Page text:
Amazon DynamoDB looks up the detected language code from an Amazon DynamoDB table, which includes the mappings between language codes and support group email addresses for these languages. One support group could answer English emails, while another support group answers French emails. The Lambda function determines the destination address and re-sends the same email address by performing an email forward operation. Suppose the lookup does not return any destination address, or the language was not be detected. In that case, the email is forwarded to a catch-all email address specified during the application deployment.
In this example, Amazon SES hosts the destination email addresses used for forwarding, but this is not a requirement. External email servers will also receive the forwarded emails.
To use Amazon SES for receiving email messages, you need to verify a domain that you own. Refer to the documentation to verify your domain with Amazon SES console. If you do not have a domain name, you will register one from Amazon Route 53.
Deploying the Sample Application
You will use AWS SAM to deploy the remaining parts of this serverless architecture.
The AWS SAM template creates the following resources:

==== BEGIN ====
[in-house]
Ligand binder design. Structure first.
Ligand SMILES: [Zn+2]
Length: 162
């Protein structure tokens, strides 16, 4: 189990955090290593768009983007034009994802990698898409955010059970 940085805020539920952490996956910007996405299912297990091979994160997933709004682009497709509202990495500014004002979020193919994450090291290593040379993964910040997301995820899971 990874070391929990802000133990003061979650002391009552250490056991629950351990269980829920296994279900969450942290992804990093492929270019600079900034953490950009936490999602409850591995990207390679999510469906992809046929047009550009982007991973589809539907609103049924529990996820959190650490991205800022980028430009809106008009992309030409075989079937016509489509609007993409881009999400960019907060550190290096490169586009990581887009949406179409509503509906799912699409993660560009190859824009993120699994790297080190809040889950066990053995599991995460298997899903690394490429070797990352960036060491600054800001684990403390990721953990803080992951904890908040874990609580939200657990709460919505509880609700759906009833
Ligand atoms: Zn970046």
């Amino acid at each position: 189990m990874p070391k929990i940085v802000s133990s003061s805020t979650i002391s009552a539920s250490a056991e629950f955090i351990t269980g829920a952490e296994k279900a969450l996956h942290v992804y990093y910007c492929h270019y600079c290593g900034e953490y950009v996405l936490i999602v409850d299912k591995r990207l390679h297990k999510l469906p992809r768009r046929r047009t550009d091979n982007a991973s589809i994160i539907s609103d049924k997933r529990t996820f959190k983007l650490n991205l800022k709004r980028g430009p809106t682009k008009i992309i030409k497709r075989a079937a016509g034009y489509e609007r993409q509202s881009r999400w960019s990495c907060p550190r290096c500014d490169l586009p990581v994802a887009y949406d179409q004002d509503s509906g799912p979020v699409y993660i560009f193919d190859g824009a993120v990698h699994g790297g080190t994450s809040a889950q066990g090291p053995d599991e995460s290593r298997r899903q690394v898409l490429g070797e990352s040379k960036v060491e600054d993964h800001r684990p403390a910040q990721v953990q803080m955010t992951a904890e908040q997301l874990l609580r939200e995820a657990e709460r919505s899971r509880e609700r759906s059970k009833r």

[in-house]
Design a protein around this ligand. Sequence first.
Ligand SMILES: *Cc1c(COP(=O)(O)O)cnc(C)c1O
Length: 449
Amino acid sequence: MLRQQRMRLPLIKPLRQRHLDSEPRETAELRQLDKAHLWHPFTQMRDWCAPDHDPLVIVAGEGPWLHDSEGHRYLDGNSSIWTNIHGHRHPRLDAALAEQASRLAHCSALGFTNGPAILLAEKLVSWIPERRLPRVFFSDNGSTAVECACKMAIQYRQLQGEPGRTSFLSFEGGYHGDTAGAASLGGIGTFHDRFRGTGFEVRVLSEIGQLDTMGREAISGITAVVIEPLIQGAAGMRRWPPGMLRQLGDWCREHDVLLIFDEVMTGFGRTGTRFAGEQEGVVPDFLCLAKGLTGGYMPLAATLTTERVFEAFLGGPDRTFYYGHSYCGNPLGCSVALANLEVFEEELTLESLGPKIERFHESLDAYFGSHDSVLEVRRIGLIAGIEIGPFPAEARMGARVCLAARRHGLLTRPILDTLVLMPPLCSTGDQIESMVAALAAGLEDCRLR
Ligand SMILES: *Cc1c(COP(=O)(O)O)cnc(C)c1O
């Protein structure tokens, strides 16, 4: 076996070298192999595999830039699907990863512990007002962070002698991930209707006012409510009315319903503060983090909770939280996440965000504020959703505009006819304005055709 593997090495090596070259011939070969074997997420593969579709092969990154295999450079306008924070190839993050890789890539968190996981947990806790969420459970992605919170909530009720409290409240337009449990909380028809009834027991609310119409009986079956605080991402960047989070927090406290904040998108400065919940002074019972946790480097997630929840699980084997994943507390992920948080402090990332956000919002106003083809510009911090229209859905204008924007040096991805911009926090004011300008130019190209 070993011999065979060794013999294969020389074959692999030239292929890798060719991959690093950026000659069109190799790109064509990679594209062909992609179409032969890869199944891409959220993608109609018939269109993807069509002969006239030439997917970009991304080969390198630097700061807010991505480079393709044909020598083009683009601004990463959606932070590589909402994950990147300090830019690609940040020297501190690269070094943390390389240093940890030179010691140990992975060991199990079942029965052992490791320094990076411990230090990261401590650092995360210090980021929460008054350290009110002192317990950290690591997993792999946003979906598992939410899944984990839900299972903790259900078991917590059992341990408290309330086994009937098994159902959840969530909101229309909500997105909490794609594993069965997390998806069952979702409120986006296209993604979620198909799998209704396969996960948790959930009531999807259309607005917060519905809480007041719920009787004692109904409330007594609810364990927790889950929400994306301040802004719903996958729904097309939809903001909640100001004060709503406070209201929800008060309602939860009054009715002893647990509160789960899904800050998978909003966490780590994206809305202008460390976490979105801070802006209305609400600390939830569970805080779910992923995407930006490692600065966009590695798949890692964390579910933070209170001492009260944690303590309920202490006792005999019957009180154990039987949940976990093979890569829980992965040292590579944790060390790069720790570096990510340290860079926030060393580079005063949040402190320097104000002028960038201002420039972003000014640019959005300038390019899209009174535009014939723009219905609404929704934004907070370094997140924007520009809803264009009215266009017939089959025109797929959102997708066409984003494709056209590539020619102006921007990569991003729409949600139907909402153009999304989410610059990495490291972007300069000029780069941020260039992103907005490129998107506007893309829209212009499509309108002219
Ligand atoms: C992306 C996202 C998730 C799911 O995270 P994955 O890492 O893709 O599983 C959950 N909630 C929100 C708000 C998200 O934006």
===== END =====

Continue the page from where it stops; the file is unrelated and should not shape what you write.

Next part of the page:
- An Amazon DynamoDB mapping table (language-lookup) contains information about language codes and associates them with destination email addresses.
- An AWS Lambda function (BlogEmailForwarder) that reads the email content parses it, detects the language, looks up the forwarding destination email address, and sends it.
- An Amazon S3 bucket, which will store the incoming emails.
- IAM roles and policies.
To start the AWS SAM deployment, navigate to the root directory of the repository you downloaded and where the template.yaml AWS SAM template resides. AWS SAM also requires you to specify an Amazon Simple Storage Service (Amazon S3) bucket to hold the deployment artifacts. If you haven’t already created a bucket for this purpose, create one now. You will refer to the documentation to learn how to create an Amazon S3 bucket. The bucket should have read and write access by an AWS Identity and Access Management (IAM) user.